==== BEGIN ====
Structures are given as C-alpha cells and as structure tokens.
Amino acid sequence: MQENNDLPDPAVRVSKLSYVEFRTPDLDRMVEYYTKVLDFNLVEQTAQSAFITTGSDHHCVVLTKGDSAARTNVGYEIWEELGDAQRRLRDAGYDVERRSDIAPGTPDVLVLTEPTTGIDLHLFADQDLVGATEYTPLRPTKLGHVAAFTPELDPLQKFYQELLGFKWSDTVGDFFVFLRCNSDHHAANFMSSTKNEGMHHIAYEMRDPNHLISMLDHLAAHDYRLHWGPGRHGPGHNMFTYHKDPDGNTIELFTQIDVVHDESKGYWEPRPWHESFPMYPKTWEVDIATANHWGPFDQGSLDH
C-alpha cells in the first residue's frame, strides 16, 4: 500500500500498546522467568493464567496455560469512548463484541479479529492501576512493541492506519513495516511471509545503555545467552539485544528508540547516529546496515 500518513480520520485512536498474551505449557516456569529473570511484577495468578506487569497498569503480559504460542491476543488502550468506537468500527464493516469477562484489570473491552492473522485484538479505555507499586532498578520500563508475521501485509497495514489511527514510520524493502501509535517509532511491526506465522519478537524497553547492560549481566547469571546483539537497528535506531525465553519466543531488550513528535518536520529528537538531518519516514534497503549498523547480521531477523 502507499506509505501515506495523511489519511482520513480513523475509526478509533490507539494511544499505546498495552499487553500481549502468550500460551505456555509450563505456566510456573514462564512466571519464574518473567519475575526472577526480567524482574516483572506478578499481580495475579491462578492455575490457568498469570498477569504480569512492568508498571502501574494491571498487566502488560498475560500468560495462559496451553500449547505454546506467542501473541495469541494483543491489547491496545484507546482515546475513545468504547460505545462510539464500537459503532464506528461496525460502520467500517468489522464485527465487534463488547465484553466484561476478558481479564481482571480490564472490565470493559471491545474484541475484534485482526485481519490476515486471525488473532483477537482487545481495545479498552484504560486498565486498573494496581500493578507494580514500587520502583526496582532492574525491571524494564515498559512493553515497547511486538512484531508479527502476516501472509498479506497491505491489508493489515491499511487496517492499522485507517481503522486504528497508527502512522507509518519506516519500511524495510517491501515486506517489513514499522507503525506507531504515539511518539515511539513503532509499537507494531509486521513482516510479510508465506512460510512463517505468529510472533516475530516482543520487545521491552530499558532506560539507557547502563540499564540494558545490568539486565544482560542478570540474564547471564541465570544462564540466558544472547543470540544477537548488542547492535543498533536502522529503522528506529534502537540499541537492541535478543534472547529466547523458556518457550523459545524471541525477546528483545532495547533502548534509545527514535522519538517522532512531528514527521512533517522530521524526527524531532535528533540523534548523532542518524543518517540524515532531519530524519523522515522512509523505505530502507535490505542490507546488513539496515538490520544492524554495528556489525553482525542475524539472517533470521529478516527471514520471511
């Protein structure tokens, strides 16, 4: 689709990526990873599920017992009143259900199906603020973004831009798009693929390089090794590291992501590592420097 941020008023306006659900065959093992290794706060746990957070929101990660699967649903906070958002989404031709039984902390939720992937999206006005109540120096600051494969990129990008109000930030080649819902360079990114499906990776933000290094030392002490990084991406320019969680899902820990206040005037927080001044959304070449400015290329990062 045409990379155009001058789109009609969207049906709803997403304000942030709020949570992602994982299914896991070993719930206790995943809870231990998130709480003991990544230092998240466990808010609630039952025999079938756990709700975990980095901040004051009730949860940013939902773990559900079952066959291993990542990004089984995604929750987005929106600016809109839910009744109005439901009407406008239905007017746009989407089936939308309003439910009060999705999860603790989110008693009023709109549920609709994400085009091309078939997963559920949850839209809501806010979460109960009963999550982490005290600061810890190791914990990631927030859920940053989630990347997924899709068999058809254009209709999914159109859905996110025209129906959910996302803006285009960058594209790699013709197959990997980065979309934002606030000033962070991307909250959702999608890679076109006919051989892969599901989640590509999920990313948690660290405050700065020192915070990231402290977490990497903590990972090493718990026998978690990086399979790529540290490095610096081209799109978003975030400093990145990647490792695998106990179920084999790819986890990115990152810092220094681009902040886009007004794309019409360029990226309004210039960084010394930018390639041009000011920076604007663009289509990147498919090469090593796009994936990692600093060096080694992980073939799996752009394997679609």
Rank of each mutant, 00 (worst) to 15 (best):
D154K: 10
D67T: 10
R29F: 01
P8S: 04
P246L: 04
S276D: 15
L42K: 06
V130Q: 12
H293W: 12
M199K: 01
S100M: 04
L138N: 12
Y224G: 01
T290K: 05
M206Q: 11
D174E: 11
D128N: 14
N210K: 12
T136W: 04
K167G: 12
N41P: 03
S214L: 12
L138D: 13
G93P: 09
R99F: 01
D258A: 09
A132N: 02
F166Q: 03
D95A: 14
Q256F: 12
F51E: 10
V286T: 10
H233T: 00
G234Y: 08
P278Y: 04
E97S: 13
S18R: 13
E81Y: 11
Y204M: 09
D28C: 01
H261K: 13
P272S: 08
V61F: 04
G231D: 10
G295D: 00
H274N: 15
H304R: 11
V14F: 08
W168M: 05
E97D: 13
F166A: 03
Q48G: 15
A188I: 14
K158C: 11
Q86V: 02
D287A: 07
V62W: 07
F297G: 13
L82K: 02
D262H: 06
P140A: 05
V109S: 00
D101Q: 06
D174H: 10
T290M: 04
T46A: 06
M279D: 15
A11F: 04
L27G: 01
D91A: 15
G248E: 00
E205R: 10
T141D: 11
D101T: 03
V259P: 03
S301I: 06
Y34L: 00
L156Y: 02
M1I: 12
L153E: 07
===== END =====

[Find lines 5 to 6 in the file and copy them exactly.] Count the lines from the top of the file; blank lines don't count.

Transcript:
Rank of each mutant, 00 (worst) to 15 (best):
D154K: 10